The remote debugger is not enabled by default within JDeveloper so right select on the application project, WLSEJB, and select "Project Properties" from context. Select "Run/Debug" from "Project Properties" and select "Edit" for the "Default Run Configurations".
Within the "Edit Run Configuration", select the "Remote Debugging and Profiling" checkbox for "Launch Settings".
Within the "Edit Run Configuration" select the "Remote" option within the "Debugger" Configuration option and set the protocol to "Attach to JPDA".
Now that your WebLogic server is ready, it's time to deploy the applicaiton. Expand the WLSEJB Project->Resources. Locate the ejb1.deploy file and right click on it and choose deploy to->the WebLogic Server you created earlier. This will start a deployment process that you can follow through the JDeveloper log window.
Deploy the EJB 3.0 Session Bean to the WebLogic Server by right clicking the ejb1.deploy profile and selecting "Deploy to->", the WebLogic Server you created earlier, from context. This will deploy you application, using the Application Server connection you created, to the WebLogic Server.
Successful deployment of your application should resemble the image above.
Before you can test the deployed applicaition, you must ensure that the Session Facade Client has the required credentials for your environment. Validate the following are set properly for your WebLogic Server.
<WebLogic Server Administrative User ID>")
(Context.SECURITY_CREDENTIALS, " <WebLogic Server Administrative Password>")
(Context.PROVIDER_URL, "t3:// <your_domain:port>")
Now you can test that the application deployed successfully by right clicking on the WLSSessionFacadeClient and selecting "Run" from context. The results of running the client against the deployed EJB Session Bean are as follows:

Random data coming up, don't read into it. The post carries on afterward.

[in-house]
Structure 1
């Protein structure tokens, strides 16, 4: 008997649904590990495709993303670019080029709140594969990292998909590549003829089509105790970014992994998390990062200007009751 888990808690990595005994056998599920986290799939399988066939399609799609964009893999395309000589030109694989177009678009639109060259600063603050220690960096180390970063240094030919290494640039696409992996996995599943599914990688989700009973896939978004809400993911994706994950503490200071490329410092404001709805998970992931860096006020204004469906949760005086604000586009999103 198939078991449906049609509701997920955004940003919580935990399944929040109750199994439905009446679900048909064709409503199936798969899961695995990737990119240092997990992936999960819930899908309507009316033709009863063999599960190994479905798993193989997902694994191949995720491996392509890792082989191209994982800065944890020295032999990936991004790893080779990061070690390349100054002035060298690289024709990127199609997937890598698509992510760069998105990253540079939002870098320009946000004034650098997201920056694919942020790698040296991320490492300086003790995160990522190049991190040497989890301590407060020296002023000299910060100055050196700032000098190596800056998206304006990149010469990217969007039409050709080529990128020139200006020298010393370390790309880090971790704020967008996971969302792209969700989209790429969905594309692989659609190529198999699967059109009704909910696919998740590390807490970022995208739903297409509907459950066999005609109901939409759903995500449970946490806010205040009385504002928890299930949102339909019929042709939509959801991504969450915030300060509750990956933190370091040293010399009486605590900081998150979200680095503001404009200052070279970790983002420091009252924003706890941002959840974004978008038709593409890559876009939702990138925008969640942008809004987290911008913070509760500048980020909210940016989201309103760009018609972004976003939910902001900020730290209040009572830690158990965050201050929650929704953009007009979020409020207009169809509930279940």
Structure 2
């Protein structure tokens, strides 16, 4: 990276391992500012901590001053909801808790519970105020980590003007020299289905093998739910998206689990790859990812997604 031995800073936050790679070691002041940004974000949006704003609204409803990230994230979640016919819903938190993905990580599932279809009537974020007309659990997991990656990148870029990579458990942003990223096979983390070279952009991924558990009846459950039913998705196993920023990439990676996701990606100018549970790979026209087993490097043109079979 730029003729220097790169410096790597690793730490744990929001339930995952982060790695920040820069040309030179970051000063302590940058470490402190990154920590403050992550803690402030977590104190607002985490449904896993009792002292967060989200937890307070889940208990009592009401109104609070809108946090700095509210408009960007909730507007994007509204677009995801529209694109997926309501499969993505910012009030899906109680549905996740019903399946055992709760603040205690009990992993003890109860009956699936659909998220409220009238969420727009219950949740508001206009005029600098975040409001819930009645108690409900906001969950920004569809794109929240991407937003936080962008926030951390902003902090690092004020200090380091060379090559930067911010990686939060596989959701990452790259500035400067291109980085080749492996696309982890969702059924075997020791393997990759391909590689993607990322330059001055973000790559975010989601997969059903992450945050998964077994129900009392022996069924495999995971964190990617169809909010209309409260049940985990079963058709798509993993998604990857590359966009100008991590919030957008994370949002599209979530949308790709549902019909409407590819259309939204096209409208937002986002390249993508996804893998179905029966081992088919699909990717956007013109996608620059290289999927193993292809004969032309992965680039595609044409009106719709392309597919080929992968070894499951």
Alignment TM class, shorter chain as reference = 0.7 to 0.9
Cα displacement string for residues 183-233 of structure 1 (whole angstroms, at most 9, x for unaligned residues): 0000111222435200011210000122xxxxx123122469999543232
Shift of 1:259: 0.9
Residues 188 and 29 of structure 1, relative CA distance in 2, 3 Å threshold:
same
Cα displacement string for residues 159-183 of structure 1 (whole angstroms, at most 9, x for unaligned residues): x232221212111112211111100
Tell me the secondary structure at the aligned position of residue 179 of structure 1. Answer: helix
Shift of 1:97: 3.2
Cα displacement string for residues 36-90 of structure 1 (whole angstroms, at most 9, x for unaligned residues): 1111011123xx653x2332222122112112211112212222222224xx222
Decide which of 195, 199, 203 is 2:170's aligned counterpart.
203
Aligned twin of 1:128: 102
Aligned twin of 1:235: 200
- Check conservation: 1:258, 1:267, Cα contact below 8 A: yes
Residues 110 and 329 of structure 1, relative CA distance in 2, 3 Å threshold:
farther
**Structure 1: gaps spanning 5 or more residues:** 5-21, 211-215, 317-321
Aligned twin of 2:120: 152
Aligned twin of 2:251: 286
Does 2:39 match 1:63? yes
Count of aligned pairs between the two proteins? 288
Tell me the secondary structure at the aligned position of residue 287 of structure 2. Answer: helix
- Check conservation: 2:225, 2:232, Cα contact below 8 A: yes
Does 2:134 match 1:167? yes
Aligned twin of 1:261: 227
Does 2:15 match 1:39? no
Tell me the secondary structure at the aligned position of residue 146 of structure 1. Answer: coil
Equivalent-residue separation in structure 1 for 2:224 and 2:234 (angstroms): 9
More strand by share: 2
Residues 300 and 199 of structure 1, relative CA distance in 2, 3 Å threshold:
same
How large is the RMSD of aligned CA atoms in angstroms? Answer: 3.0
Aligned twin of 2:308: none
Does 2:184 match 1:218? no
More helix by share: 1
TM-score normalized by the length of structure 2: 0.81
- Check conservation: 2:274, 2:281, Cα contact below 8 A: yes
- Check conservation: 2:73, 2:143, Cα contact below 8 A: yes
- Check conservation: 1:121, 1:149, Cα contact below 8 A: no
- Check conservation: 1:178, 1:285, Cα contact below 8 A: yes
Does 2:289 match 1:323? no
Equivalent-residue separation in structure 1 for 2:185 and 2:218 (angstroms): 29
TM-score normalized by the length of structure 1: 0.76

Results of running the WLSSessionFacadeClient. Invocation of getAppServer1() returns "WebLogic Server 10.0.1 JDeveloper 10.1.3.3 Integration. Invocation of getAppServer2() returns "Session EJB 3.0".
In order to debug the Session EJB that we deployed to the WebLogic Server, you need to set a breakpoint in WLSessionFacadeBean.
Breakpoint set on return of method getAppServer1().
Now we must start the remote debugger. Right click on the WLSSessionFacadeBean and select "Start Remote Debugger".
Select the Host that you deployed the Application to along with the correct Port.
Notice that the Breakpoint has been activated.
Right click on the Session Facade Client and select Run from context to debug the Session EJB.
Notice that it steps into the Session Bean and halts on the return within the getAppServer1() method.
Review the current data by selecting the Data tab.
You can also review additional data for this instance in the Smart Data tab.
You can step in and step out of the breakpoint or resume the process as we do in this how-to.
Resume the process and get the same results as without debugging enabled.
To stop the debug session click the red square icon and choose detach to disconnect JDeveloper from the WebLogic Server.